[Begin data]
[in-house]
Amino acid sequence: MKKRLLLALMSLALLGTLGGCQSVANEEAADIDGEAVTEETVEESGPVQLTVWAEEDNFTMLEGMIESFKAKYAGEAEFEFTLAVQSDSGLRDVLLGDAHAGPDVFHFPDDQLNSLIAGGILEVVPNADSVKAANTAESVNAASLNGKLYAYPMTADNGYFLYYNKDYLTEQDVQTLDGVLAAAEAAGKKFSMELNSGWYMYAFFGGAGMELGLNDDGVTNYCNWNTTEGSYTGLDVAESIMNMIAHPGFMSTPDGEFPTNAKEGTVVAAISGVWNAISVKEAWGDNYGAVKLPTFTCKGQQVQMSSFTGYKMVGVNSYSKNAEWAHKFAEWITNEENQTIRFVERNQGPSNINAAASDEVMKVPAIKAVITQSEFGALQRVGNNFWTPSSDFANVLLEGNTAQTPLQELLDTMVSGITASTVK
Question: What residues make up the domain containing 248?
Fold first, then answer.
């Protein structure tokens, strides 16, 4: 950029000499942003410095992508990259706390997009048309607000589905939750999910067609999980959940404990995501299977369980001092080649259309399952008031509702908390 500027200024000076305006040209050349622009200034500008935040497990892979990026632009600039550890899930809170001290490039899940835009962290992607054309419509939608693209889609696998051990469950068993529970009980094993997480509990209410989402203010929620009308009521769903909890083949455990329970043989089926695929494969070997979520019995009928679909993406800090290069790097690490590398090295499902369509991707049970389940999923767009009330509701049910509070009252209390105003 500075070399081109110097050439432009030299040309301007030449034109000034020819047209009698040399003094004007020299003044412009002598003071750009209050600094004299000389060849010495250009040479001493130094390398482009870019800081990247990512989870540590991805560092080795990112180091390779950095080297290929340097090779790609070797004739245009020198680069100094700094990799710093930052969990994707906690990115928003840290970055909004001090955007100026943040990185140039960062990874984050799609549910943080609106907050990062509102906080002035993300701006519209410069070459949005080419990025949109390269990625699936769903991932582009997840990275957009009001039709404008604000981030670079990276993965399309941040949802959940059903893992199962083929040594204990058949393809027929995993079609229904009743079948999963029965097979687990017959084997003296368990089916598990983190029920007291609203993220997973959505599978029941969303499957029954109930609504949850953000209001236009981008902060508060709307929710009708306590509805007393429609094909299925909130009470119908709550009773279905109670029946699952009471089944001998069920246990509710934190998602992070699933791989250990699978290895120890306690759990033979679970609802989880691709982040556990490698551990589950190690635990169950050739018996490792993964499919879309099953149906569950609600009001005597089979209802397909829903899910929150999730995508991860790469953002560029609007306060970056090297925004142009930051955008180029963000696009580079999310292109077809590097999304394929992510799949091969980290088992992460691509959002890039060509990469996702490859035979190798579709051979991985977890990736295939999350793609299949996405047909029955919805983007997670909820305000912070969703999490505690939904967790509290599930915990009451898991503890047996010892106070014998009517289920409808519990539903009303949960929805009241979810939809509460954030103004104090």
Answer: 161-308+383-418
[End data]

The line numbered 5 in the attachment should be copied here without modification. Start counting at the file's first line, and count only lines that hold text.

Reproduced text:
């Protein structure tokens, strides 16, 4: 950029000499942003410095992508990259706390997009048309607000589905939750999910067609999980959940404990995501299977369980001092080649259309399952008031509702908390 500027200024000076305006040209050349622009200034500008935040497990892979990026632009600039550890899930809170001290490039899940835009962290992607054309419509939608693209889609696998051990469950068993529970009980094993997480509990209410989402203010929620009308009521769903909890083949455990329970043989089926695929494969070997979520019995009928679909993406800090290069790097690490590398090295499902369509991707049970389940999923767009009330509701049910509070009252209390105003 500075070399081109110097050439432009030299040309301007030449034109000034020819047209009698040399003094004007020299003044412009002598003071750009209050600094004299000389060849010495250009040479001493130094390398482009870019800081990247990512989870540590991805560092080795990112180091390779950095080297290929340097090779790609070797004739245009020198680069100094700094990799710093930052969990994707906690990115928003840290970055909004001090955007100026943040990185140039960062990874984050799609549910943080609106907050990062509102906080002035993300701006519209410069070459949005080419990025949109390269990625699936769903991932582009997840990275957009009001039709404008604000981030670079990276993965399309941040949802959940059903893992199962083929040594204990058949393809027929995993079609229904009743079948999963029965097979687990017959084997003296368990089916598990983190029920007291609203993220997973959505599978029941969303499957029954109930609504949850953000209001236009981008902060508060709307929710009708306590509805007393429609094909299925909130009470119908709550009773279905109670029946699952009471089944001998069920246990509710934190998602992070699933791989250990699978290895120890306690759990033979679970609802989880691709982040556990490698551990589950190690635990169950050739018996490792993964499919879309099953149906569950609600009001005597089979209802397909829903899910929150999730995508991860790469953002560029609007306060970056090297925004142009930051955008180029963000696009580079999310292109077809590097999304394929992510799949091969980290088992992460691509959002890039060509990469996702490859035979190798579709051979991985977890990736295939999350793609299949996405047909029955919805983007997670909820305000912070969703999490505690939904967790509290599930915990009451898991503890047996010892106070014998009517289920409808519990539903009303949960929805009241979810939809509460954030103004104090």